Eddie Murray remains a former Oriole.

Murray and right-handed pitcher Dennis Martinez, another ex-Oriole, signed yesterday with the Cleveland Indians. The veteran first baseman agreed to a one-year contract for $3 million, with an option for a second year at the same figure. Martinez received $9 million for two years, with an option for a third year for $4.25 million.

Peter Angelos, the Orioles' new owner, had said he would like to see Murray return to Baltimore. He expressed some disappointment at yesterday's news, but said it would have no effect on the Orioles' negotiations with other free agents, including first baseman Rafael Palmeiro.

"I would've liked to have seen Eddie hit in Camden Yards," Angelos said. "I'll get that chance, but I wish him luck against everybody but us.

"I'm glad he made a deal he's comfortable with. . . . But what's happening with other players has no bearing on our plans," Angelos said without elaborating. "I think you'll find out we'll be able to fulfill the commitments we've made, as long as everything stays within reason."

The Orioles, while still in the market for another pitcher, had expressed only minimal interest in Martinez, 39. Their discussionsabout Murray, who will be 38 in February, never progressed beyond the preliminary stage.

From the outset, however, it appeared the Orioles didn't want to sign Murray at the expense of Harold Baines, who was re-signed yesterday. "Harold deserved every consideration," said Orioles general manager Roland Hemond. "He did everything we expected of him."

Ron Shapiro, the Baltimore-based attorney who represents Murray and Martinez, acknowledged his talks with the Orioles never got serious.

"The Orioles are endeavoring to build their club, and Eddie was one of a number of their possibilities," Shapiro said last night. "In the case of the Indians, Eddie was the only position player they were interested in, so it made sense to do a deal.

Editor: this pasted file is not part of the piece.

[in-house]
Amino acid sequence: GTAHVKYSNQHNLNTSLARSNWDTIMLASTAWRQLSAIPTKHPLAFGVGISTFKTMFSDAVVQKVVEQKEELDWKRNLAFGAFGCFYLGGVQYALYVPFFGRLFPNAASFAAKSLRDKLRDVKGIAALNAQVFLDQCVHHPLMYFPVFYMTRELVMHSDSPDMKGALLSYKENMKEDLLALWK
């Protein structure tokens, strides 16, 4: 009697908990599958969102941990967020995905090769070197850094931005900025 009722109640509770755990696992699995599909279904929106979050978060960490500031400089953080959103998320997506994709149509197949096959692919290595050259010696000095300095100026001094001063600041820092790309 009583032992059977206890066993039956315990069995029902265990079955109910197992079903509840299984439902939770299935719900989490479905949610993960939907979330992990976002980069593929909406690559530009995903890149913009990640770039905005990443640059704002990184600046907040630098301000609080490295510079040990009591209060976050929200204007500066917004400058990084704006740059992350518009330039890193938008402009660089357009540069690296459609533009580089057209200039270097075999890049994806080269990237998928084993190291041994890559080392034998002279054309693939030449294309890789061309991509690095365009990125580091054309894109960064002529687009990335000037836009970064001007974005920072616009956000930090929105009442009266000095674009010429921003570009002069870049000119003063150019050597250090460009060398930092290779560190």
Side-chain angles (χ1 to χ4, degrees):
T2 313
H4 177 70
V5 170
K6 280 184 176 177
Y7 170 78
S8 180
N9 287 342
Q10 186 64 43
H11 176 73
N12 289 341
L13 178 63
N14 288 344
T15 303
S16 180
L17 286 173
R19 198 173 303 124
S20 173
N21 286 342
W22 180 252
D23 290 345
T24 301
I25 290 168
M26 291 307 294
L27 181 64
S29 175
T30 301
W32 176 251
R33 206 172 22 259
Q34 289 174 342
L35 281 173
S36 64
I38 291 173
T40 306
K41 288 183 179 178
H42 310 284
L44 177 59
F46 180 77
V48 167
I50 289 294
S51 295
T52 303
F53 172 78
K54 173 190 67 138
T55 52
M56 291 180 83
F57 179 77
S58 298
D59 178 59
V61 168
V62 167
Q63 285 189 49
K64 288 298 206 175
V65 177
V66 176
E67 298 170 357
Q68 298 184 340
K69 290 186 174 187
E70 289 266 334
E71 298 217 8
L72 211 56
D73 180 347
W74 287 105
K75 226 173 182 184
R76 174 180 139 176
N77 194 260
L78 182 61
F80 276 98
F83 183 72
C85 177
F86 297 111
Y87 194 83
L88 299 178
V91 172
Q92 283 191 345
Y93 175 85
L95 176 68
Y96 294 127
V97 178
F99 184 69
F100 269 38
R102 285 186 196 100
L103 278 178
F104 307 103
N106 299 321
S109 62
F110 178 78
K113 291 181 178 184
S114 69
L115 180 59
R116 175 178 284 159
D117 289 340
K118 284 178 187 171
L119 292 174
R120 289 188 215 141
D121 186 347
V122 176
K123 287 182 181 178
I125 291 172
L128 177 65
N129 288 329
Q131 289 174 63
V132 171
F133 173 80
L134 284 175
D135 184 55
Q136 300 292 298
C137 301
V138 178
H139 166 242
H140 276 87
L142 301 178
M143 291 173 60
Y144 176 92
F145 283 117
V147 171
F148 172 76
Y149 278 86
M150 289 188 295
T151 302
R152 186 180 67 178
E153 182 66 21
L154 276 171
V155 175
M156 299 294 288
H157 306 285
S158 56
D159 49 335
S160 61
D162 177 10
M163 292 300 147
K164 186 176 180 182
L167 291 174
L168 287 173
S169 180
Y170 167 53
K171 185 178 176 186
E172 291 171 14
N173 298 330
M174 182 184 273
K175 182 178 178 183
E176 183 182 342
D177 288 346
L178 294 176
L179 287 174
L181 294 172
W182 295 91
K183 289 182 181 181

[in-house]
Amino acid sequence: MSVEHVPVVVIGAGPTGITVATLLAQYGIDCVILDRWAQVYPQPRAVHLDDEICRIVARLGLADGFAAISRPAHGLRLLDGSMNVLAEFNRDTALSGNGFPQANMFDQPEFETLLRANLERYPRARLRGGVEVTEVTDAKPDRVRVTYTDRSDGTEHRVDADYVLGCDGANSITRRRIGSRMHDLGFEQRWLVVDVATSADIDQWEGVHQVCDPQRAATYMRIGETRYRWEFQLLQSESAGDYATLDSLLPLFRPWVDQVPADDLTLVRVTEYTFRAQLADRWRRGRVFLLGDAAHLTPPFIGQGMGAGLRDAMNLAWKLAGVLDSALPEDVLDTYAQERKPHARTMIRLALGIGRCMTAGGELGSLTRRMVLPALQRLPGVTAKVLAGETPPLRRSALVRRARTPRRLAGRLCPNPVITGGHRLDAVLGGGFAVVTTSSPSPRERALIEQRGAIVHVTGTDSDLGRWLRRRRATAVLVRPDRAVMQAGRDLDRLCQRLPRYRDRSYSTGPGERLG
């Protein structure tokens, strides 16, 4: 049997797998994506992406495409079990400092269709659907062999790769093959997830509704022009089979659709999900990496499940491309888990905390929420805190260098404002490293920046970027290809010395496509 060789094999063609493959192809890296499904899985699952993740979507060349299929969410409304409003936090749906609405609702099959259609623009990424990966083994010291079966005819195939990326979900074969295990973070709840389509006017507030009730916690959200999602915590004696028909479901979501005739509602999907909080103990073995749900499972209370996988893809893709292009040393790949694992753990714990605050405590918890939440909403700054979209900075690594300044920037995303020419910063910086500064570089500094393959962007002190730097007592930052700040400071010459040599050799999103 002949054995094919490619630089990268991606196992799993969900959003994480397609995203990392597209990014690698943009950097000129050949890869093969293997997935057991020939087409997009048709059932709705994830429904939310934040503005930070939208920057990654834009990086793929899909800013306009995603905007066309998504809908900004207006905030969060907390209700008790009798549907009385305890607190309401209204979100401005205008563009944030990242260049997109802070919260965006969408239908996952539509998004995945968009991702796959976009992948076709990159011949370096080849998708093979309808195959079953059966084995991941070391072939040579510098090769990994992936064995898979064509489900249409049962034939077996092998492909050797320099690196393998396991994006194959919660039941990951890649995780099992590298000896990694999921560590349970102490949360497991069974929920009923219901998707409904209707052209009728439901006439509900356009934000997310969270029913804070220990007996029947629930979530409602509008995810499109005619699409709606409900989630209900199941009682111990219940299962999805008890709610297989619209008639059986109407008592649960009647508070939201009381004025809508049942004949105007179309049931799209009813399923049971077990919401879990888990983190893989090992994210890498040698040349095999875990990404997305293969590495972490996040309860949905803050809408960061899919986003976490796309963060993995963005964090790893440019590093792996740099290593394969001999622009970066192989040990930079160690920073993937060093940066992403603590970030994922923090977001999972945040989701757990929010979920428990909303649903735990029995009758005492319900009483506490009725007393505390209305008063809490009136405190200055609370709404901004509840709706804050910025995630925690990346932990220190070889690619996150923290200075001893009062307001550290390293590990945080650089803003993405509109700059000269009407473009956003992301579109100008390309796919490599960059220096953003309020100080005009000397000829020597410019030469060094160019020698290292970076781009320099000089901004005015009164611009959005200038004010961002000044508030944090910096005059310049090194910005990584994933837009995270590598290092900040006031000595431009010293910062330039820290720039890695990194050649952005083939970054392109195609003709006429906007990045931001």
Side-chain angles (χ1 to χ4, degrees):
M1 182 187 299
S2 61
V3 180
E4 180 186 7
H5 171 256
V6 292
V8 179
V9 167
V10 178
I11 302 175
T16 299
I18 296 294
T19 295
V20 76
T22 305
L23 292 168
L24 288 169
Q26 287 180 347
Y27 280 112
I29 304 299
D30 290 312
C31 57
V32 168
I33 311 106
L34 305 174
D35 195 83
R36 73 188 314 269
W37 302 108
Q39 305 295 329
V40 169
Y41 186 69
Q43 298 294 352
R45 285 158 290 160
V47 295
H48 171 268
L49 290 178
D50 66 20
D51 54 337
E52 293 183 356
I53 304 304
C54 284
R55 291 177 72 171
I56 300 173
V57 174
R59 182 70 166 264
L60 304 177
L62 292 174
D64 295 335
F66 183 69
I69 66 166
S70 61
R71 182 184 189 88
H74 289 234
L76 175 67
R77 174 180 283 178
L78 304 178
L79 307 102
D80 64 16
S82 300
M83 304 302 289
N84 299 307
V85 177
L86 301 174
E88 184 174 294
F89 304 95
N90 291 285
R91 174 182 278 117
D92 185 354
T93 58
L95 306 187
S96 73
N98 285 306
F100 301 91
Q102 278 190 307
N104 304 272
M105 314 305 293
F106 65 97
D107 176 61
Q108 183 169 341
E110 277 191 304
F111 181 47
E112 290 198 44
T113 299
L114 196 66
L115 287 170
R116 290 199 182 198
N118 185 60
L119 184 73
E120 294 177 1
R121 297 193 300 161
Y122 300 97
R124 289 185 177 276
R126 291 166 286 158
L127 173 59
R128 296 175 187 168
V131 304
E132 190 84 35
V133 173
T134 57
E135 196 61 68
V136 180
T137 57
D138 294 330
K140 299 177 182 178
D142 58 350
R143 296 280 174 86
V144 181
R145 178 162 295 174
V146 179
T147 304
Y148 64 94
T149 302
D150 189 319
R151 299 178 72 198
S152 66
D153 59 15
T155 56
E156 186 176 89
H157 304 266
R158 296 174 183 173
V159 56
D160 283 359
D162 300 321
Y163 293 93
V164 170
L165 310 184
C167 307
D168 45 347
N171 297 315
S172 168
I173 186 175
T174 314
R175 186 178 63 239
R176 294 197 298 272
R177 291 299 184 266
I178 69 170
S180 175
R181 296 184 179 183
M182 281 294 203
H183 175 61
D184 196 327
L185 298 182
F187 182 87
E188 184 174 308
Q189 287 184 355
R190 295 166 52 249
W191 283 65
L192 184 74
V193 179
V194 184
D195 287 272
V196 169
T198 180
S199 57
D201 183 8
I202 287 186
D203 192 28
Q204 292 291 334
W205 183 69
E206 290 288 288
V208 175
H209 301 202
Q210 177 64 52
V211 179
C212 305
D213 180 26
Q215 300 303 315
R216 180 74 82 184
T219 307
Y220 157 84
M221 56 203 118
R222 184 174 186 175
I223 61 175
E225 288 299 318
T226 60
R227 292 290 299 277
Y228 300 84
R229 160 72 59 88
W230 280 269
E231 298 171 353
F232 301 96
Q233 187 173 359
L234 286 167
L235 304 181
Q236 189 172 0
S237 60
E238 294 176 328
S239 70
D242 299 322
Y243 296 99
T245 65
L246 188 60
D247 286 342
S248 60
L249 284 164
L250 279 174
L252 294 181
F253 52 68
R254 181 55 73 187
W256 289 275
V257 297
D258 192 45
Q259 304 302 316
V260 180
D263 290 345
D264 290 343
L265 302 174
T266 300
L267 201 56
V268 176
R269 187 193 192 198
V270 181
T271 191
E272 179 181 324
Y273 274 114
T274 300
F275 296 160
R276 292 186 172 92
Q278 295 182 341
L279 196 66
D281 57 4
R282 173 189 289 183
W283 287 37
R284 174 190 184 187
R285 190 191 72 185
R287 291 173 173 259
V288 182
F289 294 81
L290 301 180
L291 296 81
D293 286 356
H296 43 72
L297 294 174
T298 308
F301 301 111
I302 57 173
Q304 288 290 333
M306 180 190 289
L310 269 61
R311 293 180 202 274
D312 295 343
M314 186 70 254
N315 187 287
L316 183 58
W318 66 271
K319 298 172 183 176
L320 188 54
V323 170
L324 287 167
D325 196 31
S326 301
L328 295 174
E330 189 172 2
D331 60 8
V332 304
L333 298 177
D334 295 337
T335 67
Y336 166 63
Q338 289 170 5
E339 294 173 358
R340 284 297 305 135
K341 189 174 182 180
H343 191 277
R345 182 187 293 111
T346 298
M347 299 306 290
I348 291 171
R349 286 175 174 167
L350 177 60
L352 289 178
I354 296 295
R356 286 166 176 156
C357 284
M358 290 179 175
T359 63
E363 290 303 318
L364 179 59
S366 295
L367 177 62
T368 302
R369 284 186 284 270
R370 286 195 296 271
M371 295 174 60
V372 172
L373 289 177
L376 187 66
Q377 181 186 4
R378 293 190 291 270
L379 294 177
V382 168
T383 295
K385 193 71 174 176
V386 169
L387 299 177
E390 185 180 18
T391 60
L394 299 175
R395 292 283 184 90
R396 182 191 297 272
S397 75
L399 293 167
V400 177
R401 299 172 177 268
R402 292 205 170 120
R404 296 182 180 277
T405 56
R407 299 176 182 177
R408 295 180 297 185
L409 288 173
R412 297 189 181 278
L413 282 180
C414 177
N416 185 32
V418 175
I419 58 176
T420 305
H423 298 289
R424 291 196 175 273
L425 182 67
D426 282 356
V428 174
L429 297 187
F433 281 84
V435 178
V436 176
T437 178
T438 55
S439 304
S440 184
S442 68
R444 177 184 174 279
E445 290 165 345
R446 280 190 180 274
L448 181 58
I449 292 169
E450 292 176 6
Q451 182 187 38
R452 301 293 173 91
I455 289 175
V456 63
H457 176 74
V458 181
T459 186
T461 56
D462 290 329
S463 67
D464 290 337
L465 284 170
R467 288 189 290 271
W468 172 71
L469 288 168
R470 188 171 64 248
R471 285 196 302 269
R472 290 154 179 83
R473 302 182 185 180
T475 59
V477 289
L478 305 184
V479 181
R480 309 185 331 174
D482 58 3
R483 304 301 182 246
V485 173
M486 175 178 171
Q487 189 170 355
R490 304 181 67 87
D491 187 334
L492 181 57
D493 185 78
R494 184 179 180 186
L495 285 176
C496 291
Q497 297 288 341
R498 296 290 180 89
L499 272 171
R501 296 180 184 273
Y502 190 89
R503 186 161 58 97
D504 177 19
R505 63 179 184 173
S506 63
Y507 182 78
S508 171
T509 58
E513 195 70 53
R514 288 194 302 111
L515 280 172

"There was some sentiment for seeing Eddie finish his career in Baltimore. But there was also some need to meet Cleveland's deadline. If they couldn't sign Eddie, they were going to trade for another hitter, so we took what appeared to be the best option."

A fairly active market drove up the price for Martinez. The Indians, who lost bids to sign free-agent pitchers Sid Fernandez (to the Orioles) and Mark Portugal (to the San Francisco Giants), outbid the New York Yankees and Texas Rangers.

Martinez made $2.5 million with the Montreal Expos last season, and Murray earned $2.75 million with the New York Mets.

"I think this is a tribute to where our club is at, that we can offer contracts to Dennis Martinez and Eddie Murray and have them accept," said Indians general manager John Hart.

Martinez was 15-9 with a 3.85 ERA last season. He is 208-165 in 16 seasons and one of only seven to win 100 games in each league.

"People say when you get to your late 30s, you have to be concerned," Martinez said. "I think I feel better every year because I prepare myself and challenge myself to do better."

He will be the No. 1 or 2 starter on a Cleveland pitching staff that was ripped apart by tragedy and injuries last season. Relievers Steve Olin and Tim Crews were killed in a boating accident last spring, and Cliff Young died in a car accident after the season. Charles Nagy, their No. 1 starter, missed most of the year because of arm problems.

Manager Mike Hargrove said Murray, who hit .285 with 27 homers and 100 RBIs last season, primarily would be the designated hitter and would bat fifth, behind Albert Belle.

He was not sorry to leave the Mets. Asked why he chose Cleveland, he said: "Any club would have done. I do look for a calmer locker room this year."

The organization has a Baltimore flavor, having been built by Hart and his predecessor, Hank Peters, both former Orioles executives.

"I see a lot of people here who used to work for the Orioles," Martinez said. "Being with Eddie again would be a dream. We started in the minor leagues in 1974."

The Associated Press contributed to this article